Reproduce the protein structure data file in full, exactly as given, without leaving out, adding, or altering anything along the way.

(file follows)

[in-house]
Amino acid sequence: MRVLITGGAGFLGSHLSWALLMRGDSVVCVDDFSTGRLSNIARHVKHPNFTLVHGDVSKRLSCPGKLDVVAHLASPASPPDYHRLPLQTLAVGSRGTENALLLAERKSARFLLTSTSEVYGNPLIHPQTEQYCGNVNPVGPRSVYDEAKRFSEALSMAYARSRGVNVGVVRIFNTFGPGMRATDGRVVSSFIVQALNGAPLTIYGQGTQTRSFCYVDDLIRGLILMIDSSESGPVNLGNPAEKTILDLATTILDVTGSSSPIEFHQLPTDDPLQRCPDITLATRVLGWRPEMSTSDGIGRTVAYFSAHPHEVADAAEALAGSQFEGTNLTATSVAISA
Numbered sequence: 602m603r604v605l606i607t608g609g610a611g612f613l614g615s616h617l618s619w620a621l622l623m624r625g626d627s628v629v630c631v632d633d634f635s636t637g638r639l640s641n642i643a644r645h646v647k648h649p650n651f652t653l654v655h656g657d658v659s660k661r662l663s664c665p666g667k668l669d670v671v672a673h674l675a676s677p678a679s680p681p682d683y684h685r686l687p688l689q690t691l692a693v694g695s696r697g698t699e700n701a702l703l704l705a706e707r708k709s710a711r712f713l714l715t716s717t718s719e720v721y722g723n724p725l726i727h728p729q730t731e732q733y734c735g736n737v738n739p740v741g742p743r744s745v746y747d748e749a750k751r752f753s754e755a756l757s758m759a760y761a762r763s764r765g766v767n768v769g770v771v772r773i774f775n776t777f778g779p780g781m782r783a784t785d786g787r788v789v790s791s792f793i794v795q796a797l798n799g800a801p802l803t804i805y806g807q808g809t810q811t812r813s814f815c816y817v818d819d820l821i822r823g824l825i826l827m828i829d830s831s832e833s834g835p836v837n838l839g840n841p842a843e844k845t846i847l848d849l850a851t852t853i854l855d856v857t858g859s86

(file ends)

[in-house]
Amino acid sequence: MRVLITGGAGFLGSHLSWALLMRGDSVVCVDDFSTGRLSNIARHVKHPNFTLVHGDVSKRLSCPGKLDVVAHLASPASPPDYHRLPLQTLAVGSRGTENALLLAERKSARFLLTSTSEVYGNPLIHPQTEQYCGNVNPVGPRSVYDEAKRFSEALSMAYARSRGVNVGVVRIFNTFGPGMRATDGRVVSSFIVQALNGAPLTIYGQGTQTRSFCYVDDLIRGLILMIDSSESGPVNLGNPAEKTILDLATTILDVTGSSSPIEFHQLPTDDPLQRCPDITLATRVLGWRPEMSTSDGIGRTVAYFSAHPHEVADAAEALAGSQFEGTNLTATSVAISA
Numbered sequence: 602m603r604v605l606i607t608g609g610a611g612f613l614g615s616h617l618s619w620a621l622l623m624r625g626d627s628v629v630c631v632d633d634f635s636t637g638r639l640s641n642i643a644r645h646v647k648h649p650n651f652t653l654v655h656g657d658v659s660k661r662l663s664c665p666g667k668l669d670v671v672a673h674l675a676s677p678a679s680p681p682d683y684h685r686l687p688l689q690t691l692a693v694g695s696r697g698t699e700n701a702l703l704l705a706e707r708k709s710a711r712f713l714l715t716s717t718s719e720v721y722g723n724p725l726i727h728p729q730t731e732q733y734c735g736n737v738n739p740v741g742p743r744s745v746y747d748e749a750k751r752f753s754e755a756l757s758m759a760y761a762r763s764r765g766v767n768v769g770v771v772r773i774f775n776t777f778g779p780g781m782r783a784t785d786g787r788v789v790s791s792f793i794v795q796a797l798n799g800a801p802l803t804i805y806g807q808g809t810q811t812r813s814f815c816y817v818d819d820l821i822r823g824l825i826l827m828i829d830s831s832e833s834g835p836v837n838l839g840n841p842a843e844k845t846i847l848d849l850a851t852t853i854l855d856v857t858g859s86